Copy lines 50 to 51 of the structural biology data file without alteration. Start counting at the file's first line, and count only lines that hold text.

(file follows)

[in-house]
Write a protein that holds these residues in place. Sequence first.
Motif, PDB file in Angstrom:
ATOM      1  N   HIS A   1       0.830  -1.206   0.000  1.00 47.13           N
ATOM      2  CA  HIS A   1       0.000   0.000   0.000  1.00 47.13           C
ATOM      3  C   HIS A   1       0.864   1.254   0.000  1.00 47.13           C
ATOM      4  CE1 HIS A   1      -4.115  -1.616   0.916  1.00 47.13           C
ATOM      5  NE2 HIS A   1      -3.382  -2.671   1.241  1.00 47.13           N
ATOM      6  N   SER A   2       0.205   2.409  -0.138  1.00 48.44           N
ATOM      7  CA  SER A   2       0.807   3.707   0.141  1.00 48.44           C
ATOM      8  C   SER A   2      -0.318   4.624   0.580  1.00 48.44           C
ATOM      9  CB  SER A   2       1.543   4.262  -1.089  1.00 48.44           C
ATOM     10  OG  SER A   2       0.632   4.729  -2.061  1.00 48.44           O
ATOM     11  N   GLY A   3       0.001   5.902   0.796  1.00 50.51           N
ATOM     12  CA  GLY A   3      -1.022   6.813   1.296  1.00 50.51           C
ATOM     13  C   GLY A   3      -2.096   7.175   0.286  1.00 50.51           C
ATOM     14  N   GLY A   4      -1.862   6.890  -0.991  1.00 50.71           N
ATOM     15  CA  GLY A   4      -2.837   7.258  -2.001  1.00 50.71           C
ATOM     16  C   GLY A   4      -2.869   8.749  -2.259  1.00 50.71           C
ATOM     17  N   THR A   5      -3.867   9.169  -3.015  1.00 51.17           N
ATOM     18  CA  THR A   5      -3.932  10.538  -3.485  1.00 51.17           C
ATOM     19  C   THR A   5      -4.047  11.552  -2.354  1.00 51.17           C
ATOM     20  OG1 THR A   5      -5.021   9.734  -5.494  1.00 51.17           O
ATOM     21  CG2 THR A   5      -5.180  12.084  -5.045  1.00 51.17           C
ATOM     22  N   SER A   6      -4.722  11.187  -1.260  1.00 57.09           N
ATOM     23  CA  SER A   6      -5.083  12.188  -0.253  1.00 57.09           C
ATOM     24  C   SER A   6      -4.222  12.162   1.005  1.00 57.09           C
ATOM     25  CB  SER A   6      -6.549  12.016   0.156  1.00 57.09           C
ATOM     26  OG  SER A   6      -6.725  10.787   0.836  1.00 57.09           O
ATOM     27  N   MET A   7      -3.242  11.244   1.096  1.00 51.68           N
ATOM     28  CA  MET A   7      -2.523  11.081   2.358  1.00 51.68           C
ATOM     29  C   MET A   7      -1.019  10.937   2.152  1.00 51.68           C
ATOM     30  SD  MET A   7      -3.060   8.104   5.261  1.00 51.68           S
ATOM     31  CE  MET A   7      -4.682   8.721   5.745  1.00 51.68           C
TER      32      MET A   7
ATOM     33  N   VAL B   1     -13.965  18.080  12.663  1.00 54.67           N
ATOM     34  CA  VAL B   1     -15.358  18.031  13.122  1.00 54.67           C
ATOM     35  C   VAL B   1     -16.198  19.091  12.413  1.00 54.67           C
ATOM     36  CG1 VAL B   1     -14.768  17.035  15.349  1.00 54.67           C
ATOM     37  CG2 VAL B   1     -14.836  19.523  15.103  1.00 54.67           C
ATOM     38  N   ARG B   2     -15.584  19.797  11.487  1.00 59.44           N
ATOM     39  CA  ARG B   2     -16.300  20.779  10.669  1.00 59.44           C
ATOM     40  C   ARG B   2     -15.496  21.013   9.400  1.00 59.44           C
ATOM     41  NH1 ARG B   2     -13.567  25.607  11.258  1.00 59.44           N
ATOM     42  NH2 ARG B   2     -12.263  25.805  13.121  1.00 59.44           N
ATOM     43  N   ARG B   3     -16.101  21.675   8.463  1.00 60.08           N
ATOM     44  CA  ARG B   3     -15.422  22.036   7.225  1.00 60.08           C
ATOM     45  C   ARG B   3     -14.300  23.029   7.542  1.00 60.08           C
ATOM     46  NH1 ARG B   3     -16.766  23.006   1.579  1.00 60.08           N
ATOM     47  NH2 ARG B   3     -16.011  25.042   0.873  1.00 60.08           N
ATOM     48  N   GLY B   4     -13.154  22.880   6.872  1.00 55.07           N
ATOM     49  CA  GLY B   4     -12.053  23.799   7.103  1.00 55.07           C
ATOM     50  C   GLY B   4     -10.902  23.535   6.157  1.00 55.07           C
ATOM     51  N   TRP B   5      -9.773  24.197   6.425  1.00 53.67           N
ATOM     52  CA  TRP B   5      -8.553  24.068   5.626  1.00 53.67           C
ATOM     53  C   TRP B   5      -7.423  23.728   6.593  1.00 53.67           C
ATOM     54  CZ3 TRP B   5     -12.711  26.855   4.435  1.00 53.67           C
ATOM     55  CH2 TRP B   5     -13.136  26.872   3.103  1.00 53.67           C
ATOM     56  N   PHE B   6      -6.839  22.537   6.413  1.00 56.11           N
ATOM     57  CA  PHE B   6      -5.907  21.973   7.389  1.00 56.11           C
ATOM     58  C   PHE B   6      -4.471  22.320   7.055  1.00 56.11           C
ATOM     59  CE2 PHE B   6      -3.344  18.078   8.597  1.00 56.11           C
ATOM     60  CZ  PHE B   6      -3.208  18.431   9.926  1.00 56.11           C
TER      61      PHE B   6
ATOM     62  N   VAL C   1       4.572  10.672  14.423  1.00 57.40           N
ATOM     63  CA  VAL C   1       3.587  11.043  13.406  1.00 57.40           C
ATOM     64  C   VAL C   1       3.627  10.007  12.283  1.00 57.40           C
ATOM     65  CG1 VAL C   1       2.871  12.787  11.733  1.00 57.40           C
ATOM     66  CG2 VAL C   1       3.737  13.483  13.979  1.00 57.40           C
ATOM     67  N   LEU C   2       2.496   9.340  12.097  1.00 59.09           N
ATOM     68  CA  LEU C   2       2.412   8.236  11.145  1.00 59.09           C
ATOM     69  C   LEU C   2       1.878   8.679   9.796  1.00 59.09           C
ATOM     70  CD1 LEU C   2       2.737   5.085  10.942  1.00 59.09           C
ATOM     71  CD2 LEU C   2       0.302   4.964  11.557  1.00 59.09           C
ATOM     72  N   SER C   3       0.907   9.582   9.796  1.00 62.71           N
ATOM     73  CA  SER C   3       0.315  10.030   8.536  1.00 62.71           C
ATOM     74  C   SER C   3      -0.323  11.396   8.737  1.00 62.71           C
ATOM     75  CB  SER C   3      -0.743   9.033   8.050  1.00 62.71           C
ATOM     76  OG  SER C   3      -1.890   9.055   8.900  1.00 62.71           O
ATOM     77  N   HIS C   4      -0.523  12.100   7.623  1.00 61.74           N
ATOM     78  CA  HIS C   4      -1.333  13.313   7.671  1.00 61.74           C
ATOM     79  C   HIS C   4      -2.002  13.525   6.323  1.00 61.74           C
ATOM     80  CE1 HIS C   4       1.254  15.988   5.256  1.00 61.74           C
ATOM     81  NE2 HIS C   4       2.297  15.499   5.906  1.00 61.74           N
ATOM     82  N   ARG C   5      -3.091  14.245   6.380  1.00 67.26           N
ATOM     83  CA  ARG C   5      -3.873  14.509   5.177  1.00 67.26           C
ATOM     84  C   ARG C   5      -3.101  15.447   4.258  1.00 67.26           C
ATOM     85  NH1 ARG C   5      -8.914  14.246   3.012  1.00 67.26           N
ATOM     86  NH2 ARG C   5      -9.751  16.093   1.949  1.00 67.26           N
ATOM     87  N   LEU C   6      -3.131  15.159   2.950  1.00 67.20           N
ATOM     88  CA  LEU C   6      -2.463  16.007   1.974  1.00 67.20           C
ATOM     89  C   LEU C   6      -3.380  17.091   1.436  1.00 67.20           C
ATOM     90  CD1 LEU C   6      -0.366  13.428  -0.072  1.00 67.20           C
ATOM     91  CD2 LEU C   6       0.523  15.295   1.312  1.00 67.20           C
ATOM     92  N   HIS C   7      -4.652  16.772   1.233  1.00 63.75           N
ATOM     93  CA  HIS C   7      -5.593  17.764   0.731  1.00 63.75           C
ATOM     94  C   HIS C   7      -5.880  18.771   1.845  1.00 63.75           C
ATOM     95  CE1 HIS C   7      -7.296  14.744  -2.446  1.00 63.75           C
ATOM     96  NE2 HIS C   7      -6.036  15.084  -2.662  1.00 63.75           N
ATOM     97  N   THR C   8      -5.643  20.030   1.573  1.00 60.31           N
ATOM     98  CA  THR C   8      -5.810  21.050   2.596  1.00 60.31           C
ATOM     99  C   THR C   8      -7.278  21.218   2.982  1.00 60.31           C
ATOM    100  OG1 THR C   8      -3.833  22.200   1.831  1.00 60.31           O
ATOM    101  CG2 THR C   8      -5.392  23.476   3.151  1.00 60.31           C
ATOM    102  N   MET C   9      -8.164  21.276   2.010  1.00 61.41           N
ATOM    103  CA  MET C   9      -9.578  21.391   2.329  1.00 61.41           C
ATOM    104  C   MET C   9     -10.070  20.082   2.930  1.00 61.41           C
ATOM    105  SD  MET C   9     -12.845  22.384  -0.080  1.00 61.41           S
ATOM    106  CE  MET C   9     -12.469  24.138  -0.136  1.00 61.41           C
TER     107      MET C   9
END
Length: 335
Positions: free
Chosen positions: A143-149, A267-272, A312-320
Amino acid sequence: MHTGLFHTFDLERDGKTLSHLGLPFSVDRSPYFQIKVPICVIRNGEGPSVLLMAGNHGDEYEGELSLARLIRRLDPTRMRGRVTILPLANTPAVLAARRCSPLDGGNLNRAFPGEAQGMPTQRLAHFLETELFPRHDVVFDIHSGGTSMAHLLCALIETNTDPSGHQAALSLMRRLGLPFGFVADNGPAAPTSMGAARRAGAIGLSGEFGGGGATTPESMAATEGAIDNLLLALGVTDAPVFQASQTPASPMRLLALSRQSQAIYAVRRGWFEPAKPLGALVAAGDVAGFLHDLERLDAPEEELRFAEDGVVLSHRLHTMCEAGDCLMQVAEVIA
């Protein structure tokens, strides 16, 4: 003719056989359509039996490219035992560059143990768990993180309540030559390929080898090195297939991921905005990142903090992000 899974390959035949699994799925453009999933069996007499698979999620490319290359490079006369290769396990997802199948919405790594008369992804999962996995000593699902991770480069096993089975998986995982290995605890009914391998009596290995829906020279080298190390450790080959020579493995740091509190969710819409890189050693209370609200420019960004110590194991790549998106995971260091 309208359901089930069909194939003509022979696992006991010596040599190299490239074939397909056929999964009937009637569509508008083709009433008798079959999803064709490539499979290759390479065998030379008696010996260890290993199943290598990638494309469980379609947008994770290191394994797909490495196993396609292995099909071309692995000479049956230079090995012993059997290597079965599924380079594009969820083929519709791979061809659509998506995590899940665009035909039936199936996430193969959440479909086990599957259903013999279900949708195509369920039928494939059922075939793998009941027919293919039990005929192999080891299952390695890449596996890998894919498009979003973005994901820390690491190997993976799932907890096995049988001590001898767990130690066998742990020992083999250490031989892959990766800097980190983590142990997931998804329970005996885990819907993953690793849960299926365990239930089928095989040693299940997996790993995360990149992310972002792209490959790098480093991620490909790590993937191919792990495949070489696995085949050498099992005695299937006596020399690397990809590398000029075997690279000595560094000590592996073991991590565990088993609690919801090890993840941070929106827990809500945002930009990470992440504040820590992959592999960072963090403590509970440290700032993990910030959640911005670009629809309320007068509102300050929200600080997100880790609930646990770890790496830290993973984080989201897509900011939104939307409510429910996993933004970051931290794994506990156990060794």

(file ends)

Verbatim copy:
ATOM     47  NH2 ARG B   3     -16.011  25.042   0.873  1.00 60.08           N
ATOM     48  N   GLY B   4     -13.154  22.880   6.872  1.00 55.07           N